Vuelo del águila

2 Stars
Loose
 6a

Adjacent Routes
<< Finis África < Sylphara  |  Boulder Terminar > G.E.D.E. >>


E2. A long and exposed climb taking the right-hand arete of the steep face overlooking the gorge. Start as for Sylphara.
1) 3, 45m. Traverse right on ledges to a long cave.
2) 6a, 30m. Climb slabs right of the cave to 2 bolts. The crack on the right leads to shallow grooves and a cave. Bolt belay.
3) 6a, 50m. Slabs on the left lead to a crack (bolt, ignore pegs going left). Climb the chimney on the right, past overhangs, to a groove. Move left below a roof then up a groove to a ledge.
4) 5, 36m. Climb the right-slanting groove, then go just right of the arete to a ledge.
5) 4, 40m. Continue just right of the arete until you can step onto it. Climb the slab to a good ledge.
4a) 6a+, 36m. Alternative pitch. Climb the groove above and pass a small cave on your left. Go direct to a cave.
5a) 5, 45m. Climb into another cave on the left (nest), then up a groove to follow slabs and a chimney which lead to the arete. Follow this to a good ledge.
6) 4, 25m. Follow the arete to a belay (peg).
7) 4+, 30m. Follow the arete to a good ledge.
8) 4, 25m. Climb the arete to ledges and the walk off.
FA. Unknown. P4 and P5 - Rowland Edwards, Mark Edwards 1985

USER COMMENTS

We did this route april 2006. This is a death route in the making. I have over 25 years of climbing experience and have never been on such loose and dangerous climb. The line looks great in the guide,but we found the route very difficult to follow. It is very committing as ab ing off is not an option due to the quality of the rock. Can not see how this is worth a visit let alone 2 stars. When you get to the penultimate belay do not follow the line of spaced bolts to the left. But that is another story. Oh yes by the way don't do the pitch which leads up to the nest in the nesting season as you may be fed to the chicks judging by the size of the nest.
Ian Harryman - 06/Apr/06

Forgot to say about the "walk off". Be very aware of the railway cutting which is very difficult to see is the dark. The map of the descent route shows the path of the railway line but does not inform you of how deep and dangerous it is.
Ian Harryman - 20/Apr/06

From the Costa Blanca News, 16th November 2007:

Two men lose their lives in Mascarat climb

By Tom Cain
RESCUE crews have recovered the bodies of two Norwegian climbers from the foot of Mascarat, part of the Sierra Bernia in Calpe.

The authorities were alerted to the incident when friends of the two climbers enquired if there had been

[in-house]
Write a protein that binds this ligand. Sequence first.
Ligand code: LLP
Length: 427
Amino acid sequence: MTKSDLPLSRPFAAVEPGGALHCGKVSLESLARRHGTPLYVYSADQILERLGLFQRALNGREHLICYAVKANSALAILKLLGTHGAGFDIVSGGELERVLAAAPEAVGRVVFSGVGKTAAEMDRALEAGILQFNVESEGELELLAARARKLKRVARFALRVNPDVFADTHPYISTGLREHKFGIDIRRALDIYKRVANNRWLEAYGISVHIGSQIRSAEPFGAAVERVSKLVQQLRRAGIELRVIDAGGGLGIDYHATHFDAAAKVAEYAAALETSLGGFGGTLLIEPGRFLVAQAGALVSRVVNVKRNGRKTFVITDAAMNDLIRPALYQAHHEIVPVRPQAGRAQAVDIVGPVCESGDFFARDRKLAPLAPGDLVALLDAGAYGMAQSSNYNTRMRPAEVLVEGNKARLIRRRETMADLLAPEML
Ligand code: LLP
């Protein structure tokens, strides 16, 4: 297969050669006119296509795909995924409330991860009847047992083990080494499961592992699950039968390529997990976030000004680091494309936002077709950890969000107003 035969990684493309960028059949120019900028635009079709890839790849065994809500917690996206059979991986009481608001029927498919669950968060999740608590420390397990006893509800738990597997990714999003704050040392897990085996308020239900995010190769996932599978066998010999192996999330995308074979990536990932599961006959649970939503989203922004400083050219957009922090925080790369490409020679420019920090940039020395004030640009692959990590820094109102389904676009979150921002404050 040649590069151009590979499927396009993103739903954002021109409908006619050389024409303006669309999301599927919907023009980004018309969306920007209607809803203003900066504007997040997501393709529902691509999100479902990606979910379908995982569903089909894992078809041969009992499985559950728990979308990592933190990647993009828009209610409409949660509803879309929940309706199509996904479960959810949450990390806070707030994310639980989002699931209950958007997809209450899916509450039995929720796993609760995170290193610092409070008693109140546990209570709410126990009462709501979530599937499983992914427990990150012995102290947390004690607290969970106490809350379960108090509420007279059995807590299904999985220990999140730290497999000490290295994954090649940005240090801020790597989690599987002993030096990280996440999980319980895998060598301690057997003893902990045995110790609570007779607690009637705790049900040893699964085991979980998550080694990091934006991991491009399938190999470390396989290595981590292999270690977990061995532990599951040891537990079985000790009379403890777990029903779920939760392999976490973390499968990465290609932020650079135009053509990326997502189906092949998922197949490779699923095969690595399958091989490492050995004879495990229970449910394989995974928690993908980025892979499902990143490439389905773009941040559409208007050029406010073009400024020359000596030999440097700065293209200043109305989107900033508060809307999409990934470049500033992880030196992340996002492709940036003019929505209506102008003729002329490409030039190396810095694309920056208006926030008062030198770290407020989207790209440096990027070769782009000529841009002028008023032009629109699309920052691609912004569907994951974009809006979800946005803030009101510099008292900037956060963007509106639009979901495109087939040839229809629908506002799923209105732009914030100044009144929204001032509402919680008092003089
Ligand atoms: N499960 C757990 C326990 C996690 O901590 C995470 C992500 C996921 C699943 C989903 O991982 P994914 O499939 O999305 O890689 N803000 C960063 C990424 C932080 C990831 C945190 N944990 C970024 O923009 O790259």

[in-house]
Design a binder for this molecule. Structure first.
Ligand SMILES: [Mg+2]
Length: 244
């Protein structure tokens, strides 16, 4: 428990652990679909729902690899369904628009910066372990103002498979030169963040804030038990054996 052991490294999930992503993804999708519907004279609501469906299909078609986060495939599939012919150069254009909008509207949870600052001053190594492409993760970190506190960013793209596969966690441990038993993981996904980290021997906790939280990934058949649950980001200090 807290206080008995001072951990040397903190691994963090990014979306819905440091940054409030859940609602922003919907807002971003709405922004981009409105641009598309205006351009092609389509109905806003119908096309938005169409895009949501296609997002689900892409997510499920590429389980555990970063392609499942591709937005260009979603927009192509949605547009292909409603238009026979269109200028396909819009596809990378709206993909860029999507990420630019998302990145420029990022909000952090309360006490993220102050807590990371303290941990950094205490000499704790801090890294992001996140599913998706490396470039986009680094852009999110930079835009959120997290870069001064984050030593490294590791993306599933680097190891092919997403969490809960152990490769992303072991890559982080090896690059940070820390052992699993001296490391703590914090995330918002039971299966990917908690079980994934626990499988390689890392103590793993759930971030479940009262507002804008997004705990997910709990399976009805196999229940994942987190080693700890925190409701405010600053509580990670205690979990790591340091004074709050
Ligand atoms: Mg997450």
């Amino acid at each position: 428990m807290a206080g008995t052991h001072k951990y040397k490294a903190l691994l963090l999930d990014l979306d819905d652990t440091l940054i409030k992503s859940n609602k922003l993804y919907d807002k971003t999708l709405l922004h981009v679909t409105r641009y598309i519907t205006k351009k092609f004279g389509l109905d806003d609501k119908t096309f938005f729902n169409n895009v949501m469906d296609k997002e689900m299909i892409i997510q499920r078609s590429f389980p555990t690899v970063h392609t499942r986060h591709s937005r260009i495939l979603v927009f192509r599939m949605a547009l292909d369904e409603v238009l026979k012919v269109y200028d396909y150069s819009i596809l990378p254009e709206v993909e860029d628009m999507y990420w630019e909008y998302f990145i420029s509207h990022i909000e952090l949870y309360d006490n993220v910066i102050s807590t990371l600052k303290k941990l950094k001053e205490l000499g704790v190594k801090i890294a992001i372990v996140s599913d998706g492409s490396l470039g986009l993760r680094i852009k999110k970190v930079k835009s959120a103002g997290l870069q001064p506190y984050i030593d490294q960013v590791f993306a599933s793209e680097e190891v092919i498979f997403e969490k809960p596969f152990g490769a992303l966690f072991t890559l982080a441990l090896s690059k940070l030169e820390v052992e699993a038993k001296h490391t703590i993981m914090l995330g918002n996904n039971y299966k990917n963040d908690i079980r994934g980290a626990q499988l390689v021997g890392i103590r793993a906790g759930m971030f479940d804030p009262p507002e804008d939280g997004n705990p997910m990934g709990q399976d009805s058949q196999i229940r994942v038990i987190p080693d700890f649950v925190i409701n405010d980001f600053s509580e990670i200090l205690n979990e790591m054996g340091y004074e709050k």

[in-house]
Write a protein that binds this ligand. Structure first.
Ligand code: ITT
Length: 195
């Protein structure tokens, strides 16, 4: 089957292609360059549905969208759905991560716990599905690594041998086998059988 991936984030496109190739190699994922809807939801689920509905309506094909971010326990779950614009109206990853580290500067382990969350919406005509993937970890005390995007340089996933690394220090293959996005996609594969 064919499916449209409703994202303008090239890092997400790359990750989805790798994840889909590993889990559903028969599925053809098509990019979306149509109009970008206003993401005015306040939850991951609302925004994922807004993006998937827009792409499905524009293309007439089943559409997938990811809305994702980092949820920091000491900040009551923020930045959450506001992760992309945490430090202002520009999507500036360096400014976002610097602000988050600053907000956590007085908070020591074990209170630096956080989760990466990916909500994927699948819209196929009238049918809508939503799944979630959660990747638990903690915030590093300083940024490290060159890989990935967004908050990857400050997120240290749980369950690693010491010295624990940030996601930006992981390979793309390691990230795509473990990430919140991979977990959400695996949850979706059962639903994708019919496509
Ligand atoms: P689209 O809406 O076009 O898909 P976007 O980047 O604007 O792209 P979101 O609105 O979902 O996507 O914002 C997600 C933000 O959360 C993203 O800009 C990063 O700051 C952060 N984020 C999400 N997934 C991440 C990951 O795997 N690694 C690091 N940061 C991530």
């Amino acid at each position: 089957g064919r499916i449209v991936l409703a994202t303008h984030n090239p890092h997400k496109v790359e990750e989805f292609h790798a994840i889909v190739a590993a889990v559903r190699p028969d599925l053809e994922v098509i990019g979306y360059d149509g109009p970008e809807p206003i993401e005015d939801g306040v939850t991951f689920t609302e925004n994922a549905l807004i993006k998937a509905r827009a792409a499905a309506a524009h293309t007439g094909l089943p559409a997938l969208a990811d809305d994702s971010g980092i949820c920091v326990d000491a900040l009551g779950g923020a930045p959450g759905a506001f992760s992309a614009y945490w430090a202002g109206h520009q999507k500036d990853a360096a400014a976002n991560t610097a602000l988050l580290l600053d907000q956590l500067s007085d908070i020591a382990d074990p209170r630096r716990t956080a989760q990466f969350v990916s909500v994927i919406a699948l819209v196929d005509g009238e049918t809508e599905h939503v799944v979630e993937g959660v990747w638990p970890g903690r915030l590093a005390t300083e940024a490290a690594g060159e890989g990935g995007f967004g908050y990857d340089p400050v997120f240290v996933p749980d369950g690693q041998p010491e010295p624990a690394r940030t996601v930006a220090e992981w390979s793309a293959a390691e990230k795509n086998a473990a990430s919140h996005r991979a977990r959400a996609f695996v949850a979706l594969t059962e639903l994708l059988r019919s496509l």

any reports of accidents in area because two of their friends had
not returned home.

However the concerned friends were unable to give the authorities any specific details as to where the two men may have gone climbing.

At around 11.00 on Sunday morning a group of walkers called the emergency services to report they could see two people at the bottom of El Salat gorge and that neither of them seemed to be conscious or moving.

A rescue team sent to the scene found the bodies of the two climbers and had to call in assistance form a helicopter to lift them out.

Initial reports from the scene claim that the climbers could have fallen around 200 metres.

A police spokesman said that judging by the amount of equipment the two men had with them, they were not novice climbers, making it difficult to find a reason for their fall.

One hypothesis is that one of their ropes lost its point of balance and as one of the men fell, he took the other with him.

An investigation into the accident has been launched.

Even though the autopsy results have not yet been confirmed, it has been said the two young mountaineers, who were on holiday at the time, died almost immediately.

The bodies of the two men, who were aged 24 and 28 years, will be repatriated to Norway this week.

POPULAR AND DANGEROUS ROUTE

The trek route where the tragedy occurred is known as Vuelo del Águila (flight of the eagle) in Calpe and is considered one of the most dangerous and attractive routes in Alicante.

The area has always been frequented by mountaineers from all over Europe.

Last year two men had to be evacuated from the area after one of them broke his leg and the other fractured his ankle.
Robin Stewart - 18/Nov/07

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